Dr. Ivan Goff, member of the Irish band Danú and doctoral alum of the Department of Music, wrote, “Mick is well known for the many trails he blazed, the many firsts, and the many achievements. He was an extraordinary man with an extraordinary story. He was positive, passionate, and had an amazing talent for getting things done. He saw the good in everyone and in every situation and his energy was boundless. It seemed effortless how he could relate to audiences big and small all around the world; he was the same man with students, colleagues, friends, celebrities, political figures, and people he just met. Every semester he would express his genuine excitement and interest in the new batch of students. He loved teaching. His passion for the material and the breadth of his experience, which he often relayed in his many anecdotes, inspired many. But, I believe, what students and anyone who encountered Mick were inspired by most was his profound humanity and generosity.
His life outside the limelight was his most impressive: his extensive charity work, the many musicians he nurtured over the years, the musicians to whom he reached out in hard times, giving his time gratis to various causes and institutions over decades. A few years ago, a mutual friend of ours passed away and Mick set about getting his unwilled uilleann pipes into the hands of someone who otherwise wouldn’t have afforded them. In a beautiful gesture, Mick paid for the repairs to the instrument, the shipping, and arranged to have them presented to a student he deemed would appreciate them the most. He was thrilled that his friend’s name and instrument would live on in this way. This is one of the innumerable acts of love and generosity, big and small, that defined Mick. To him, acts such as this were routine. To us, they are an immeasurable part of his already astounding legacy.”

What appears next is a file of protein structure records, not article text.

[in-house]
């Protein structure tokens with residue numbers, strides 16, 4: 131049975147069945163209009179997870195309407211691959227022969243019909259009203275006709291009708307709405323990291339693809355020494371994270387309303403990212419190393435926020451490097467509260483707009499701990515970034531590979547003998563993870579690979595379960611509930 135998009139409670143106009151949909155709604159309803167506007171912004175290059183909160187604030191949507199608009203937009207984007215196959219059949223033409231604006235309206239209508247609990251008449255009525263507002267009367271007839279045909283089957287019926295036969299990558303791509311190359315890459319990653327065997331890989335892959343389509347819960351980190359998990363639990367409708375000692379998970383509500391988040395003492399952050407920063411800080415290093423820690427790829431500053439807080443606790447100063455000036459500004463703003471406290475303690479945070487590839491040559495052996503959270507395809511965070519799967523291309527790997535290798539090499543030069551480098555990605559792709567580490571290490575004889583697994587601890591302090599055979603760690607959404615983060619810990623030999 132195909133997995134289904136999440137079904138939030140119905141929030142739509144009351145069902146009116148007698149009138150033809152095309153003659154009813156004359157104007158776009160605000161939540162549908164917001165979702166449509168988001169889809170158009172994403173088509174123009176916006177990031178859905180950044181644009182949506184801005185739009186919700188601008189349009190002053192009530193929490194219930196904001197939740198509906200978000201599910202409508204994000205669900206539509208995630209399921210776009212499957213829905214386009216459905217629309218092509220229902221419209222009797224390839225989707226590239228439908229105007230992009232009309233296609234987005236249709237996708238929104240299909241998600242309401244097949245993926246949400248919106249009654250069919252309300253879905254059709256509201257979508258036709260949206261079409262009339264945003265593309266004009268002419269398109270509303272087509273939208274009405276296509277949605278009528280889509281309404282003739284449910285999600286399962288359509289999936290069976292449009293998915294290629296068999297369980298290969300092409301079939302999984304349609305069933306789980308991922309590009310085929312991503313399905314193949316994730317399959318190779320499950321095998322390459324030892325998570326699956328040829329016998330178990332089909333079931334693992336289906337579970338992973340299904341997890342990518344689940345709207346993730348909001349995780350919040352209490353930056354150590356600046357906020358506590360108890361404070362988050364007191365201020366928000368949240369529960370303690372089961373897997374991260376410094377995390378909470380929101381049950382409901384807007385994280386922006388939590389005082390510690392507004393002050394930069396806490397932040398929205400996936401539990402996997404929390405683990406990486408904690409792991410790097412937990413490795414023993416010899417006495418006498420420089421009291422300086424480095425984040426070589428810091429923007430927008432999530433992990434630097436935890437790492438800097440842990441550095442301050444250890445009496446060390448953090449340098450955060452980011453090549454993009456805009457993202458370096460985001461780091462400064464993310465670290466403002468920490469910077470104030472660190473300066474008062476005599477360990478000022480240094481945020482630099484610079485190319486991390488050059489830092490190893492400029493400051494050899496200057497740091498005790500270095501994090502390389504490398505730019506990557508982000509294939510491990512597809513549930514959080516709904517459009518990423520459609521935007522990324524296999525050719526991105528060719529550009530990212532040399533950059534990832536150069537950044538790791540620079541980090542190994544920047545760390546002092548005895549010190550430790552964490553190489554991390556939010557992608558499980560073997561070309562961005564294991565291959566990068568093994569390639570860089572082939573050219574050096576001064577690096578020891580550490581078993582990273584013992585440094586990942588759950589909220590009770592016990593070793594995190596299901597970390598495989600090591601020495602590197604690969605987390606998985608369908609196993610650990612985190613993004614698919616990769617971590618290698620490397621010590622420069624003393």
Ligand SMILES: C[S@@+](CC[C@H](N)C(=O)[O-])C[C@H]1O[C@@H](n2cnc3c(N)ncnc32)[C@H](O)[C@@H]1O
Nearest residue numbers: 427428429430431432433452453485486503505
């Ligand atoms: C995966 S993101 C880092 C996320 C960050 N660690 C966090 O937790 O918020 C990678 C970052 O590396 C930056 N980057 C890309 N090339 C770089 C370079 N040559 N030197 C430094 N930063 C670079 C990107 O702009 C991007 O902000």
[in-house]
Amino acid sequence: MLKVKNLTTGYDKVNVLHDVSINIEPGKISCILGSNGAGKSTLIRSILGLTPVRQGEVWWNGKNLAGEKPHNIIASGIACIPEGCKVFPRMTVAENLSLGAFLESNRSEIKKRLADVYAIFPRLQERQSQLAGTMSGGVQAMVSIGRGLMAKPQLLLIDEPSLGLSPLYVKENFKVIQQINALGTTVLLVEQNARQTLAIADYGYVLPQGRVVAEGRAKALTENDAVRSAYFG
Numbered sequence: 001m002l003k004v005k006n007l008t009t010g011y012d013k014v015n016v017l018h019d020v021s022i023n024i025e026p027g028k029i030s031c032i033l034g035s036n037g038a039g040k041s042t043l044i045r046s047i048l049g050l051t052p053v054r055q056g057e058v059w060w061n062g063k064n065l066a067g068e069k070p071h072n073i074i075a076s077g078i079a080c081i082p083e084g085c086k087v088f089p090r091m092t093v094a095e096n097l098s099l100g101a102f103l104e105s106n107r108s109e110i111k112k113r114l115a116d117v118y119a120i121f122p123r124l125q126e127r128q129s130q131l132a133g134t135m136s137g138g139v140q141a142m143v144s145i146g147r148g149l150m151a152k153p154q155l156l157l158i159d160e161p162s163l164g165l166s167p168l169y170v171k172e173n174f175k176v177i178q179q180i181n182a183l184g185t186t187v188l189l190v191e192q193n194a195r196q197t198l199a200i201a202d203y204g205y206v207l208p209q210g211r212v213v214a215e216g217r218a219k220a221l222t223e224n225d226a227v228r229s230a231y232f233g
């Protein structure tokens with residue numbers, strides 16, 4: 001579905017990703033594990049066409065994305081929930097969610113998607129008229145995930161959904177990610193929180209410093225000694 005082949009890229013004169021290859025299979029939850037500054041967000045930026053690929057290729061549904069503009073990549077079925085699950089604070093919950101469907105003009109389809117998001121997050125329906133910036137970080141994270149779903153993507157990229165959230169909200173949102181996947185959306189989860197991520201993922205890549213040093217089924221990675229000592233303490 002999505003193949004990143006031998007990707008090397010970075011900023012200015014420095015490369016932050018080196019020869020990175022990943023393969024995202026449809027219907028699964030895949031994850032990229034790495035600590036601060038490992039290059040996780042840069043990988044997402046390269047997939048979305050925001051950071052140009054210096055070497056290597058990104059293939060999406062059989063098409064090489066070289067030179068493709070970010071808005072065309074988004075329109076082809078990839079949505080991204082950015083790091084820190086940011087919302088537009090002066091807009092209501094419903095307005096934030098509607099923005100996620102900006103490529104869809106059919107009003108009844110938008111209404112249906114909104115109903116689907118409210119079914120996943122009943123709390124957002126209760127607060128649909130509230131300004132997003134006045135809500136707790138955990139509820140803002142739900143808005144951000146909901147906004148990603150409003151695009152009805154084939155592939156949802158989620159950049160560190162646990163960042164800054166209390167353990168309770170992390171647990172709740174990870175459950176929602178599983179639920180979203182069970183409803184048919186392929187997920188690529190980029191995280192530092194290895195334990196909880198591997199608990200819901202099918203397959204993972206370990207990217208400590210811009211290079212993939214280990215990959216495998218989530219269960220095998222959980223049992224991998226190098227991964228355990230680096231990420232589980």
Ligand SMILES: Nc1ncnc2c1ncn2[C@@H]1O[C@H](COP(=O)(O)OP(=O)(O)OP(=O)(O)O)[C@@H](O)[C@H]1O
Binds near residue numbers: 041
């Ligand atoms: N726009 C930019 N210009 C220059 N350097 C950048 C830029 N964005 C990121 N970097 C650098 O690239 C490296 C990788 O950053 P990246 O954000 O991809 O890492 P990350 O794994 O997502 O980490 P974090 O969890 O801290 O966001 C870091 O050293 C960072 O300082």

Loretta Brennan Glucksman, Chair of the Advisory Board at Glucksman Ireland House, said, “I am so devastated at Mick Moloney’s sudden death. As a beloved Professor at Glucksman Ireland House, Mick will always be remembered for his seminal research on Irish American music, teaching, joyous concerts, and exuberant banjo playing. All of us at Glucksman Ireland House – faculty, students, Board, and friends – send sincere condolences to his family.”
Professor Kevin Kenny, Director of Glucksman Ireland House, noted, “I knew Mick as a colleague and a friend for twenty-five years, both at NYU and at Boston College. I have many warm memories of our time together but what I will always remember most is his extraordinary calm as a performer, his complete mastery of his art.”
Ted Smyth, President of the Advisory Board at Glucksman Ireland House, stated, “I can’t believe that the great Mick Moloney, Global Distinguished Professor at Glucksman Ireland House NYU, has died. Such terribly sad and shocking news and a critical loss to Ireland, Irish America, and Irish music worldwide. A great flame of musical joy and friendship has been extinguished.”